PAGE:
The MFR is an indication of the flowability, and hence the processability, of the polymer. The higher the melt flow rate, the lower the viscosity of the polymer. MFR is also important to ensure sufficient cross-linking ability. The very narrow range for MFR21 ensures that the cross-linking ability of the claimed polymer is excellent. If the MFR21 is less than 10 g/10 min extrudability performance is poor leading to articles with poor surface quality. If the MFR21 is greater than 20 g/10 min, the necessary cross-linking degree is not achieved.
 MFR5 values may range from 0.1 to 5 g/10 min. Ideally the MFR5 value is in the range 0.5 to 3 g/10 min.
 The ethylene polymers of the invention preferably have molecular weight, Mw of at least 100,000, preferably at least 120,000, especially at least 150,000.
 Mn values are preferably at least 25,000, more preferably at least 30,000.
 The preferably single-site catalysed ethylene polymer of the present invention has a broad molecular weight distribution as defined by its shear thinning index (SHI). The SHI is the ratio of the complex viscosity (η*) at two different shear stresses and is a measure of the broadness (or narrowness) of the molecular weight distribution.
 According to the present invention the ethylene polymer has a shear thinning index SHI5/300, i.e. a ratio of the complex viscosity at 190° C. and a shear stress of 5 kPa (η*5kPa) and the complex viscosity at 190° C. and a shear stress of 300 kPa (η*300kPa), of at least 5, preferably at least 6.
 According to the present invention the ethylene polymer has a shear thinning index SHI2.7/210, i.e. a ratio of the complex viscosity at 190° C. and a shear stress of 2.7 kPa (η*2.7kPa) and the complex viscosity at 190° C. and a shear stress of 210 kPa (η*210kPa), of at least 4. Preferably SHI2.7/210 is less than 10.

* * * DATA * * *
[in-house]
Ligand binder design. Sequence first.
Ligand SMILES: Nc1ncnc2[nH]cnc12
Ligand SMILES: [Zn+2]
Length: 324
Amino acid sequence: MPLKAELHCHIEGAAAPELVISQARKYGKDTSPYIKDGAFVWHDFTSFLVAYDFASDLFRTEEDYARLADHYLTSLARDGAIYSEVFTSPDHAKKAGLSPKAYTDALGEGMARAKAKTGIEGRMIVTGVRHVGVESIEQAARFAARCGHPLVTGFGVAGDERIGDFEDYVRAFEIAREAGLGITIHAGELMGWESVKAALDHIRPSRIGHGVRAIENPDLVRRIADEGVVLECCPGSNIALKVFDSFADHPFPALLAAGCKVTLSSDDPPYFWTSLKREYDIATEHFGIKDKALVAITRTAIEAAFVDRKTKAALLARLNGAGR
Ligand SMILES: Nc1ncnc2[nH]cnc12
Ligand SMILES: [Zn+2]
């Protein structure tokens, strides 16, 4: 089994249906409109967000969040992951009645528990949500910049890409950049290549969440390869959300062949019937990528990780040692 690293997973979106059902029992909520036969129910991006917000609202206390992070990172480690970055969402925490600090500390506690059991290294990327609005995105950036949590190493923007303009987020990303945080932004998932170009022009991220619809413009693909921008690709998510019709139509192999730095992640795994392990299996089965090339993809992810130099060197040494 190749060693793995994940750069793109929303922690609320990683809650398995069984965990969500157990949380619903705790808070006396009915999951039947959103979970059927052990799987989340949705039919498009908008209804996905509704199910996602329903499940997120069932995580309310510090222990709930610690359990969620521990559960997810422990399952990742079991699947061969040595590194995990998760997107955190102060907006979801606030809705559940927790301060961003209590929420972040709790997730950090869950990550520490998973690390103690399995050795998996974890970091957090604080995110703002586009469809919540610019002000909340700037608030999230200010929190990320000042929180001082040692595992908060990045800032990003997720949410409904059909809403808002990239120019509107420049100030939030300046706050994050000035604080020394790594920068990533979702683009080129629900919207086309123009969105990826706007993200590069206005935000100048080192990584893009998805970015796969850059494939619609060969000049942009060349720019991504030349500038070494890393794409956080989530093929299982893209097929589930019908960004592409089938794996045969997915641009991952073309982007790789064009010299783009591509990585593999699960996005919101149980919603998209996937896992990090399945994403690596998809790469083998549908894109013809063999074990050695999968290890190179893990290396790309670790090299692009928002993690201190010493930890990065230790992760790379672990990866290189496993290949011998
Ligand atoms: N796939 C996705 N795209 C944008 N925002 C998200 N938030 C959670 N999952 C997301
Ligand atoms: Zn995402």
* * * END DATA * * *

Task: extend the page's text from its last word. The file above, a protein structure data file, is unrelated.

Another way to measure molecular weight distribution (MWD) is by GPC. The molecular weight distribution (MWD value i.e. Mw/Mn) according to the present invention more than 4. Preferably the MWD is less than 10, e.g. less than 8. This molecular weight distribution enhances crosslinkability, e.g. less peroxide or radiation is required to obtain a certain crosslinking degree.
 According to a preferred embodiment of the invention the ethylene polymer has a complex viscosity at a shear stress of 5 kPa/190° C., η*5kPa of at least 10,000 Pas, more preferably at least 15,000 Pas.
 According to another preferred embodiment of the invention the ethylene polymer has a complex viscosity at a shear stress of 0.05rad/s at 190° C., η*0.05rad/s, of at least 10,000 Pas, more preferably at least 15,000 Pas.
 A further benefit of the process of the invention and hence of the polymers of the invention is low ash content and excellent particle size distribution. High ash content samples are more prone to oxidation and by using a two reactor process, the formed polymers have less ash and a much more even distribution of ash with absence of particles with very high ash content.
 The ash content of the ethylene polymer of the invention may be less than 500 ppm, preferably less than 400 ppm, especially less than 350 ppm. It will be appreciated that ash contents are effected by polymerisation conditions, especially the partial pressure of ethylene used during the polymerisation. Lower ethylene partial pressures tend to cause more ash.